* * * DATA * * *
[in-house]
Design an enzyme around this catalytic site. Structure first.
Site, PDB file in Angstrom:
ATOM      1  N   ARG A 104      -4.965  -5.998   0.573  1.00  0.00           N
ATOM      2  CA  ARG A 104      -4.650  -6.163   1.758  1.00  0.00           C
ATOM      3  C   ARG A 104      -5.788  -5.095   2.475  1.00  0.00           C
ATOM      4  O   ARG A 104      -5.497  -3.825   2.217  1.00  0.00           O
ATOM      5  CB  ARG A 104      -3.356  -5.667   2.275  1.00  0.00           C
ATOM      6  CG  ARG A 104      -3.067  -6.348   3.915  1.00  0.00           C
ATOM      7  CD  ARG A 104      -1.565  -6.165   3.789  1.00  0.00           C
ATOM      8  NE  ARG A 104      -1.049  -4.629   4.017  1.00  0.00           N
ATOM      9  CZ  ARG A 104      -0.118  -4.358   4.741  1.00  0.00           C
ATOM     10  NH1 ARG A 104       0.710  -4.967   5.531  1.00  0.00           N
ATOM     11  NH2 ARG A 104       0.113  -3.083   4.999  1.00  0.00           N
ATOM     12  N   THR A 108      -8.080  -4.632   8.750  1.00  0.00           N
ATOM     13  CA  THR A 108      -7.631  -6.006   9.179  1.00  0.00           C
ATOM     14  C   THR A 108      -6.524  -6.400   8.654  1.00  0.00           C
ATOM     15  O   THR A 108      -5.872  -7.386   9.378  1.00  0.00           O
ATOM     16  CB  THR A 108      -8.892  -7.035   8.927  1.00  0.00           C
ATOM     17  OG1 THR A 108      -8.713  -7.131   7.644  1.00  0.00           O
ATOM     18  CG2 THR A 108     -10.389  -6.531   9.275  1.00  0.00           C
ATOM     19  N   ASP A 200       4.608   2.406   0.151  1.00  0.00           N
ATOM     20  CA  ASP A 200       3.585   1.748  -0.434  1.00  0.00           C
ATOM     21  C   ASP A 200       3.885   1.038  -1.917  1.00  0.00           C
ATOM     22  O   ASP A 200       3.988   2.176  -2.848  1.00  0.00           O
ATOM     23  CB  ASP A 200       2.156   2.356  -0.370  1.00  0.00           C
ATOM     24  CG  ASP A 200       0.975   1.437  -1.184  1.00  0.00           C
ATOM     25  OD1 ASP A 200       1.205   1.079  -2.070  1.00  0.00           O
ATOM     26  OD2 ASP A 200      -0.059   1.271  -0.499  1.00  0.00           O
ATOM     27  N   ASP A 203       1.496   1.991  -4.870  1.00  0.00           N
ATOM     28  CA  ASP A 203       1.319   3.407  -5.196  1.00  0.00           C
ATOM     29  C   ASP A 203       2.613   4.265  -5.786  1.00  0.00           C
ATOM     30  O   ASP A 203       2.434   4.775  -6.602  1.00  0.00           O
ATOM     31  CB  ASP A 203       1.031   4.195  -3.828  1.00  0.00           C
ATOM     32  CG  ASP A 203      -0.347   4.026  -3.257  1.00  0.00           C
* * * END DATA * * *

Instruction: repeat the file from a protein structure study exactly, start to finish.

[in-house]
Design an enzyme around this catalytic site. Structure first.
Site, PDB file in Angstrom:
ATOM      1  N   ARG A 104      -4.965  -5.998   0.573  1.00  0.00           N
ATOM      2  CA  ARG A 104      -4.650  -6.163   1.758  1.00  0.00           C
ATOM      3  C   ARG A 104      -5.788  -5.095   2.475  1.00  0.00           C
ATOM      4  O   ARG A 104      -5.497  -3.825   2.217  1.00  0.00           O
ATOM      5  CB  ARG A 104      -3.356  -5.667   2.275  1.00  0.00           C
ATOM      6  CG  ARG A 104      -3.067  -6.348   3.915  1.00  0.00           C
ATOM      7  CD  ARG A 104      -1.565  -6.165   3.789  1.00  0.00           C
ATOM      8  NE  ARG A 104      -1.049  -4.629   4.017  1.00  0.00           N
ATOM      9  CZ  ARG A 104      -0.118  -4.358   4.741  1.00  0.00           C
ATOM     10  NH1 ARG A 104       0.710  -4.967   5.531  1.00  0.00           N
ATOM     11  NH2 ARG A 104       0.113  -3.083   4.999  1.00  0.00           N
ATOM     12  N   THR A 108      -8.080  -4.632   8.750  1.00  0.00           N
ATOM     13  CA  THR A 108      -7.631  -6.006   9.179  1.00  0.00           C
ATOM     14  C   THR A 108      -6.524  -6.400   8.654  1.00  0.00           C
ATOM     15  O   THR A 108      -5.872  -7.386   9.378  1.00  0.00           O
ATOM     16  CB  THR A 108      -8.892  -7.035   8.927  1.00  0.00           C
ATOM     17  OG1 THR A 108      -8.713  -7.131   7.644  1.00  0.00           O
ATOM     18  CG2 THR A 108     -10.389  -6.531   9.275  1.00  0.00           C
ATOM     19  N   ASP A 200       4.608   2.406   0.151  1.00  0.00           N
ATOM     20  CA  ASP A 200       3.585   1.748  -0.434  1.00  0.00           C
ATOM     21  C   ASP A 200       3.885   1.038  -1.917  1.00  0.00           C
ATOM     22  O   ASP A 200       3.988   2.176  -2.848  1.00  0.00           O
ATOM     23  CB  ASP A 200       2.156   2.356  -0.370  1.00  0.00           C
ATOM     24  CG  ASP A 200       0.975   1.437  -1.184  1.00  0.00           C
ATOM     25  OD1 ASP A 200       1.205   1.079  -2.070  1.00  0.00           O
ATOM     26  OD2 ASP A 200      -0.059   1.271  -0.499  1.00  0.00           O
ATOM     27  N   ASP A 203       1.496   1.991  -4.870  1.00  0.00           N
ATOM     28  CA  ASP A 203       1.319   3.407  -5.196  1.00  0.00           C
ATOM     29  C   ASP A 203       2.613   4.265  -5.786  1.00  0.00           C
ATOM     30  O   ASP A 203       2.434   4.775  -6.602  1.00  0.00           O
ATOM     31  CB  ASP A 203       1.031   4.195  -3.828  1.00  0.00           C
ATOM     32  CG  ASP A 203      -0.347   4.026  -3.257  1.00  0.00           C